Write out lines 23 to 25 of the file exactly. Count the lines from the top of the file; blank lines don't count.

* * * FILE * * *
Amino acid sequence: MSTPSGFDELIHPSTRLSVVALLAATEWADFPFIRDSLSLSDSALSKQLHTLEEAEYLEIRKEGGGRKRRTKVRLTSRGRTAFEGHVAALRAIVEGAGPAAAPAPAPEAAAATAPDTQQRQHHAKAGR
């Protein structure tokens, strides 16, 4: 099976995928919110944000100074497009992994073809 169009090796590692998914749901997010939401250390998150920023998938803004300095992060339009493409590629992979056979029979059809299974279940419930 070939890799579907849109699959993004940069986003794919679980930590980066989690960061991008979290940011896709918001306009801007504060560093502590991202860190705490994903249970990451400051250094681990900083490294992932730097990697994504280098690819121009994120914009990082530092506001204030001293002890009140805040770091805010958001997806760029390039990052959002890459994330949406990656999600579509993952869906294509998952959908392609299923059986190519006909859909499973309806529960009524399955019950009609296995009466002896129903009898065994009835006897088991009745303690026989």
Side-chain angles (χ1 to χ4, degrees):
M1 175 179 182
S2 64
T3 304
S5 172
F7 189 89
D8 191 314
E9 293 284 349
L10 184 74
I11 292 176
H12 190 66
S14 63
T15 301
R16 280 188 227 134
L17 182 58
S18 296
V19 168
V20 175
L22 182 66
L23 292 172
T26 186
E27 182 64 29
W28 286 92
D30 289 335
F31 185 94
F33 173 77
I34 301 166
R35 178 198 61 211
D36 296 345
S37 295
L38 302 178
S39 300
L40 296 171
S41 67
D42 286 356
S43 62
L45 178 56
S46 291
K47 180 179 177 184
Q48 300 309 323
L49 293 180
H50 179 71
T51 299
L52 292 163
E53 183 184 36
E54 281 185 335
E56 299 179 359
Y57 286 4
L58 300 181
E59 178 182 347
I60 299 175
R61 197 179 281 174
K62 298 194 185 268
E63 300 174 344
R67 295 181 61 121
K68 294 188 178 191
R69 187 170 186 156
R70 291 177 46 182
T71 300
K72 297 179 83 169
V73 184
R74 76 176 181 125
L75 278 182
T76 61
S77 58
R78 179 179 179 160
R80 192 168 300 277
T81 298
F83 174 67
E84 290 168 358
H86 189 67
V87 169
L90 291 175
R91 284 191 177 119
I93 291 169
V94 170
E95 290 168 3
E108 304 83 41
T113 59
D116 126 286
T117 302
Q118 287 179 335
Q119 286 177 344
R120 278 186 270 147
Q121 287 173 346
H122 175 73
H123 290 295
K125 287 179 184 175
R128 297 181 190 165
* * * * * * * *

T26 186
E27 182 64 29
W28 286 92